Astonishingly, some of these floats, created and built by high schoolers, actually had moving parts. They held together (mostly) on the miles-long trip from the build-site to the parade route. (That drive was so slow and nerve-wracking, as we worked to avoid any mishaps and prayed we would make it under any electrical wires and overpasses.) Once at the parade site, we cheered our own floats until we were hoarse, always convinced – even if our better selves whispered otherwise – that OUR FLOAT should win the contest.

I loved those crisp fall afternoons and evenings in the Richardson’s barn. Fingers often cold, never knowing which classmates would show. Having the opportunity to join together with people I didn’t normally spend time with in pursuit of a common goal – HOMECOMING DOMINATION! It, almost, didn’t matter to me that I never attended a homecoming dance. I worked on three-years’ worth of floats, and attended three homecoming parades and football games (it would have been four, but we moved from Ohio to Iowa before my senior year, so I missed that last one. The photo above is actually my class’ entry that year, sent by a friend who knew I was there in spirit.)

Its funny, but I don’t remember Homecoming being about alumni coming home. I do remember it being an annual time when, as an awkward teenager, I felt very much at home in my place, my high school. May we all experience that sense of Homecoming this fall!





Walking in the Dark

11 10 2012

Almost the first thing I notice: nothing looks the same. Though, normally, I have a strong internal compass, suddenly I lose my bearings easily and often. Shadows and pools of light transform even the most familiar streets into alien territory. At corners, I move up close to the street signs, shining my little key-fob light at the words, verifying that I’m someplace familiar, in spite of appearances.

Walking in my neighborhood at night, I notice little things like the discarded banana peel I almost stepped on (imagine what a story that would have made!), or that a surprising number of motion-activated flood lights pick up movement in the street. And I notice big things: the dearth of sidewalks; streetlights shining up into the orange leaves of the sugar maples. I notice clouds scuttling across the bright white harvest moon, blown by the freshening winds of autumn.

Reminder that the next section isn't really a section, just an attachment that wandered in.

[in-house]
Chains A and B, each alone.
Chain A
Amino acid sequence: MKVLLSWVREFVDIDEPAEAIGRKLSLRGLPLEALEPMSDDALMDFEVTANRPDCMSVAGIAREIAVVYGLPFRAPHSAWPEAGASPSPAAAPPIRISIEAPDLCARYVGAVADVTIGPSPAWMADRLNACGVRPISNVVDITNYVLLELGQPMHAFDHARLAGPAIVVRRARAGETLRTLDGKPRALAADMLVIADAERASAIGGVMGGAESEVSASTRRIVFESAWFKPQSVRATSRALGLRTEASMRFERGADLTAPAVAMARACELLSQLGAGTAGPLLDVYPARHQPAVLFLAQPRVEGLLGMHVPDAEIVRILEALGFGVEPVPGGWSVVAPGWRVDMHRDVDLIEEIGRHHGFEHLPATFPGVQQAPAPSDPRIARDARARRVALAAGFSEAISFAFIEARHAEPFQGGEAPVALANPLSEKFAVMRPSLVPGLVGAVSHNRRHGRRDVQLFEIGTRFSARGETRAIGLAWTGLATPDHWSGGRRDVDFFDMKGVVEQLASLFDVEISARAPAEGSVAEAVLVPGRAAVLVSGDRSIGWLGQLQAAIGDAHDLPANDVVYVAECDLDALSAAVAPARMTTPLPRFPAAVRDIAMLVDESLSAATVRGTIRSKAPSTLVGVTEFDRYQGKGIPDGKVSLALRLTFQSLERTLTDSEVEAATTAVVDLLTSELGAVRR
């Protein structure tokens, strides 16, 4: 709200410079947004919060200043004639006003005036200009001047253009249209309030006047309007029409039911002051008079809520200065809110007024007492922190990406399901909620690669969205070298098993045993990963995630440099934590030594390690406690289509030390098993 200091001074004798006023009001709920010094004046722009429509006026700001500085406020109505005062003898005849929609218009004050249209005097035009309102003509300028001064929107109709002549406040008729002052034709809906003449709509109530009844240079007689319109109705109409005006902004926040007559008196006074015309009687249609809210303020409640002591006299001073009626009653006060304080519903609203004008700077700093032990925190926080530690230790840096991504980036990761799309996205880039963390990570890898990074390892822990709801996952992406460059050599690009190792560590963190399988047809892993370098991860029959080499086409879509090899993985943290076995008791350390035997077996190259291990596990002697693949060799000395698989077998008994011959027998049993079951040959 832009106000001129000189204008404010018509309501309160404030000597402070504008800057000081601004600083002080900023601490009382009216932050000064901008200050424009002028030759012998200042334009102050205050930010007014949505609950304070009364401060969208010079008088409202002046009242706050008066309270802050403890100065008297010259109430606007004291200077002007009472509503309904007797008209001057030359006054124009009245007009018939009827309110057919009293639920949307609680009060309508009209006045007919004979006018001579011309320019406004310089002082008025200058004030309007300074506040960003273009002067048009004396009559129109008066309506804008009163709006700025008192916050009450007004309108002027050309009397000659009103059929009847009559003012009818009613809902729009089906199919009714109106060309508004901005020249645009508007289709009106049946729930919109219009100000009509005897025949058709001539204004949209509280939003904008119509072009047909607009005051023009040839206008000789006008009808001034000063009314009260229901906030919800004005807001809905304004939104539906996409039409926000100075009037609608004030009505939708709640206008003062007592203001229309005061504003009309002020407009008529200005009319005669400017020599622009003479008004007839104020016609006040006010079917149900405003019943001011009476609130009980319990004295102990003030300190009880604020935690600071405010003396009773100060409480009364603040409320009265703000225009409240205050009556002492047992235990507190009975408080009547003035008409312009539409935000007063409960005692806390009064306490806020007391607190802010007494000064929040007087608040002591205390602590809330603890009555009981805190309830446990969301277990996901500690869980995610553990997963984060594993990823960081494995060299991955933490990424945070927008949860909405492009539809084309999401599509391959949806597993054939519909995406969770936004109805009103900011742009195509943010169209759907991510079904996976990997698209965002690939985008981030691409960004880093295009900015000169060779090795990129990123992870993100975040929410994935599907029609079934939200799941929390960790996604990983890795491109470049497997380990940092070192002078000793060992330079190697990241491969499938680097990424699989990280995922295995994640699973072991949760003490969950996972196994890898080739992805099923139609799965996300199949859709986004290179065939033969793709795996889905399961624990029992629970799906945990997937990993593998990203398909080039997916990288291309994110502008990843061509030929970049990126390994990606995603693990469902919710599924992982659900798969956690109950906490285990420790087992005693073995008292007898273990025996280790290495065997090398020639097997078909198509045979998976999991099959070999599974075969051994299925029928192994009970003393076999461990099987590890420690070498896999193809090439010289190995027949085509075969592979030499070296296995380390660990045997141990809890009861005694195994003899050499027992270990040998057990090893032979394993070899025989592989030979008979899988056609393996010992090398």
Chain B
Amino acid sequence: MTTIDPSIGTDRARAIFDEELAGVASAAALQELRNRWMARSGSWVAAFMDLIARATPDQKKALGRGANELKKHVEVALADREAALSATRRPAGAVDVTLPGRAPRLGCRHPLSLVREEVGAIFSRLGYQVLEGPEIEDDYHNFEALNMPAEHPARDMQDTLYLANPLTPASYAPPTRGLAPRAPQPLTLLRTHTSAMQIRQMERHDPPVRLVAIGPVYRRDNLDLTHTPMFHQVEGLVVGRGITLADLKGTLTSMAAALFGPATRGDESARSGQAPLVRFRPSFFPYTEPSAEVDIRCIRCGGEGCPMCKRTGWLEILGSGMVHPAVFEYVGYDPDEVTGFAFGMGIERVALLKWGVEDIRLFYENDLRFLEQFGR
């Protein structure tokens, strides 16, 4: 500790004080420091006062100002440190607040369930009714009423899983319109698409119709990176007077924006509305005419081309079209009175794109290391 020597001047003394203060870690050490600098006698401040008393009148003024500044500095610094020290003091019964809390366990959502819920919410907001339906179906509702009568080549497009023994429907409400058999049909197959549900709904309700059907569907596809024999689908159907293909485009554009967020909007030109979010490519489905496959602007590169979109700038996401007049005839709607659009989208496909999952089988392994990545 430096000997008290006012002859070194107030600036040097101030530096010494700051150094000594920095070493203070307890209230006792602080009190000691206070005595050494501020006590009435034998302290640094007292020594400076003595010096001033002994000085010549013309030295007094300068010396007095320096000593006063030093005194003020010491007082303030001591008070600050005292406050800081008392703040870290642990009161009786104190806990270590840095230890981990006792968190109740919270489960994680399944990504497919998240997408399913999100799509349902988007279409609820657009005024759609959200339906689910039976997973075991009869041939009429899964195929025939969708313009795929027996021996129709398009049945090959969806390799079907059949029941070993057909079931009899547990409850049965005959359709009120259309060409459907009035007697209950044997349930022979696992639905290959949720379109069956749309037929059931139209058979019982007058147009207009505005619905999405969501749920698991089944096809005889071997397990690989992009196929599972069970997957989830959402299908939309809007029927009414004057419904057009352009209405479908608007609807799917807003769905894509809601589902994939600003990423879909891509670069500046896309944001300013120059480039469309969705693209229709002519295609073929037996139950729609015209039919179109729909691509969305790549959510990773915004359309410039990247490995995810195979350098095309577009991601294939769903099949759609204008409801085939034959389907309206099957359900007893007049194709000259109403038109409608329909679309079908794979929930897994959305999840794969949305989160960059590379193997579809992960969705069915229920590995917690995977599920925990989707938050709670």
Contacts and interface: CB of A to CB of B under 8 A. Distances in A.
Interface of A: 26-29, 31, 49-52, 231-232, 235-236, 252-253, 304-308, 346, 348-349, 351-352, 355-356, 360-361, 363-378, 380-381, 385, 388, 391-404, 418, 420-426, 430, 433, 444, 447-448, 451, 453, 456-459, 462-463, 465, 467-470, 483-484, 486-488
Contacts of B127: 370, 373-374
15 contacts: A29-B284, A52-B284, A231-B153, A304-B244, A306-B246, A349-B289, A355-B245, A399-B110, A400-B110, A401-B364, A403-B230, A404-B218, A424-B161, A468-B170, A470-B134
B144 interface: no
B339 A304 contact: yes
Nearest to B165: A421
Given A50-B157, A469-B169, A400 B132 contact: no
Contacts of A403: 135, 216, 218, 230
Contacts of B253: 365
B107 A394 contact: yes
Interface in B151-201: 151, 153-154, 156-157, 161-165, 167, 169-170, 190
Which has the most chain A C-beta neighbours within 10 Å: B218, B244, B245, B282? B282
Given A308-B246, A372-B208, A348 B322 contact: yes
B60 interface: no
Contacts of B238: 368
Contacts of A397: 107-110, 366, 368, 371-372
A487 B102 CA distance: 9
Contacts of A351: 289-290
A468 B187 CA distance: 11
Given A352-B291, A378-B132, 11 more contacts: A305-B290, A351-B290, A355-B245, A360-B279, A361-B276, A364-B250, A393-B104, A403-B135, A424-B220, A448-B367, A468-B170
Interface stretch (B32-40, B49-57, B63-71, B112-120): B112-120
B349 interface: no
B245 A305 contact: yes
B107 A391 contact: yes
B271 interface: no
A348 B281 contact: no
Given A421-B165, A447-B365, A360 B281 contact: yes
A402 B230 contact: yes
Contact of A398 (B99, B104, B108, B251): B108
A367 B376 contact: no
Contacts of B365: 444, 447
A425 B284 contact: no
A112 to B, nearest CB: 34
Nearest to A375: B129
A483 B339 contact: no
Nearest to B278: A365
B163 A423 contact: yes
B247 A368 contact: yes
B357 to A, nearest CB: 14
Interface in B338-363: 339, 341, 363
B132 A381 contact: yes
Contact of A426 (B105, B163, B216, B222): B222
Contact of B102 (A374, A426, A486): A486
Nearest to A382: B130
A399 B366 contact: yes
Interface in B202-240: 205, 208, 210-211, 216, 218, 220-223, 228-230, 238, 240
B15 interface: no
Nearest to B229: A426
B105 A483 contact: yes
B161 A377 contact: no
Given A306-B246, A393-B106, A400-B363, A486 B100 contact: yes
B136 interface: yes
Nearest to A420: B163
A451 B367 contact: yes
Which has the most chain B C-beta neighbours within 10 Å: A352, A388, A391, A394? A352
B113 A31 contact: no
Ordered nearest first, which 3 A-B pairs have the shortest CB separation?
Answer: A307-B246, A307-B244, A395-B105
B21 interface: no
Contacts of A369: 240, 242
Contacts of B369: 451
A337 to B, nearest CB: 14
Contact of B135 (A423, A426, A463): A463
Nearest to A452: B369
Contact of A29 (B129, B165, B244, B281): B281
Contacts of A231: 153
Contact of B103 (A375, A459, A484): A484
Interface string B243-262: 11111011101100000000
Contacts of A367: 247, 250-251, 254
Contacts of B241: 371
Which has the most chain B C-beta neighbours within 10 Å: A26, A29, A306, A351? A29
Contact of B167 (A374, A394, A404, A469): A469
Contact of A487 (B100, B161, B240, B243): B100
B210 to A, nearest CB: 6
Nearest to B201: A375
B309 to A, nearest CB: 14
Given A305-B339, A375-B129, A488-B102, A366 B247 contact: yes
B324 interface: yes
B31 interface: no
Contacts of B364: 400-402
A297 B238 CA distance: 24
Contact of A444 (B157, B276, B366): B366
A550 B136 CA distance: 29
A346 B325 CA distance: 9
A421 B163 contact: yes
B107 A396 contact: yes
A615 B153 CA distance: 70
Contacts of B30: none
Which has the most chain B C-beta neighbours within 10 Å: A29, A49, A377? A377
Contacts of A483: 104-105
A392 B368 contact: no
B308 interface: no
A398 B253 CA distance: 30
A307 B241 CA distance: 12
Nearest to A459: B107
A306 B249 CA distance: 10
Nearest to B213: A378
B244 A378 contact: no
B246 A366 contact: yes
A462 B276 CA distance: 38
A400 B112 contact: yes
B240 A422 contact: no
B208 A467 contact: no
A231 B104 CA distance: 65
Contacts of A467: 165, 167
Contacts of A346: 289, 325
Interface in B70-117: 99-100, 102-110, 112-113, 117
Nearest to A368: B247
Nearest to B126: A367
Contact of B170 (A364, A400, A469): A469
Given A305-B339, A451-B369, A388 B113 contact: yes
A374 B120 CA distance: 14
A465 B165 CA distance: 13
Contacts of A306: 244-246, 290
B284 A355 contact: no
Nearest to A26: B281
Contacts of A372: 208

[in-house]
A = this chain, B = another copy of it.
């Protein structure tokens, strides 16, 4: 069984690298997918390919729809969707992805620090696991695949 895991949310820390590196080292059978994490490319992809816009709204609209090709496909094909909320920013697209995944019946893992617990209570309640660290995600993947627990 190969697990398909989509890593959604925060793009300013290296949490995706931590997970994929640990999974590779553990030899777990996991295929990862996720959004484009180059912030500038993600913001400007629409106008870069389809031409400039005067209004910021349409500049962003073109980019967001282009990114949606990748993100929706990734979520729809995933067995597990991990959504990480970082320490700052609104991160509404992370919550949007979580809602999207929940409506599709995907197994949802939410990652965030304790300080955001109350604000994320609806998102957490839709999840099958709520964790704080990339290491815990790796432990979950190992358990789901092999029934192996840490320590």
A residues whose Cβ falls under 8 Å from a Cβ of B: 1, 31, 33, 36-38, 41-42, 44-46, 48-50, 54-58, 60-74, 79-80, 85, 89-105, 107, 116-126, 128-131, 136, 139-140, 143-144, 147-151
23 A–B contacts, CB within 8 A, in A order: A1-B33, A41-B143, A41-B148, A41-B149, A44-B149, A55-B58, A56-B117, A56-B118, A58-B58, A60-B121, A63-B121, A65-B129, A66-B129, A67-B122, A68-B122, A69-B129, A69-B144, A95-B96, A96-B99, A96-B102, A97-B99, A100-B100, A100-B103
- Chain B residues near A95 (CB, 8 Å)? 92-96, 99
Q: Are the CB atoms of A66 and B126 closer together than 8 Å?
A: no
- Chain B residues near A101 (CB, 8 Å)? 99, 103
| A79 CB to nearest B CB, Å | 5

Recently, I have been grappling with issues and transitions in my life. Mostly, I have been unable to share them in this blog for two reasons. First, some stories are not mine alone to tell. Second, there are practical considerations which prevent me talking about some of these processes for now. But this blog has become my way of inviting others to share my journey, and your companionship on the road has truly motivated and inspired me to keep moving forward. To be bound to silence for the time being – this has truly been difficult.

Add to that the discomfort we all feel at the thresholds of new places, when we know we want to enter but are unsure of what awaits us – and I am all verklempt. Inside, I roil. Emotion threatens to overwhelm me. An impetus to speak, to act, to move pushes outward from my core – yet I am in a moment of stasis before the rapid acceleration I am certain is to come.

When I must do something, I head out into the night to walk. Up and down streets I’ve taken for granted for years. Past houses full of neighbors I’ve never met, past dogs in yards begging for attention, past fallen leaves and trash cans set out for the morning collection.

As I walk, I talk to myself. Admonitions. To-do lists. Corrections to my faulty thinking. Snippets of poetry. Half conversations – some real, some my lines in imaginary dialogues. Occasionally, I check that this running-at-the-mouth is truly internal, that I haven’t started actually speaking out loud like the mentally-ill homeless woman who alternately breaks my heart and frightens me.

The parallels between the metaphorical road I am walking in my life and these actual night walks are not lost on me. In both cases, I am treading familiar/not familiar territory. Change is surrounding me, from the physical changes of autumn to the emotional and psychological changes required by liminal moments. I have to move forward, with determination and without fear (hello, since when have I not been afraid of the dark?). Focus is required to avoid tripping and to keep from psyching myself out. I am treading both paths alone.

I walk until my shoulders start to ache, usually the first sign of fatigue, which slows the mental synapses and causes my internal voice to grow quiet. My mind is finally free to notice the big and little things I mentioned earlier. I begin to hear the sounds occurring outside my own head: the scuttle of a squirrel chase, the frantic tinkle of windchimes, a distant siren’s wail. I lean into the wind and breathe deeply. Finally…finally…I relax. Finally, I can stop trying to force things. I can let go of the need for specific outcomes, and just lean into the now. Lean into the perfect red-orange of a fallen leaf on the black asphalt at my feet.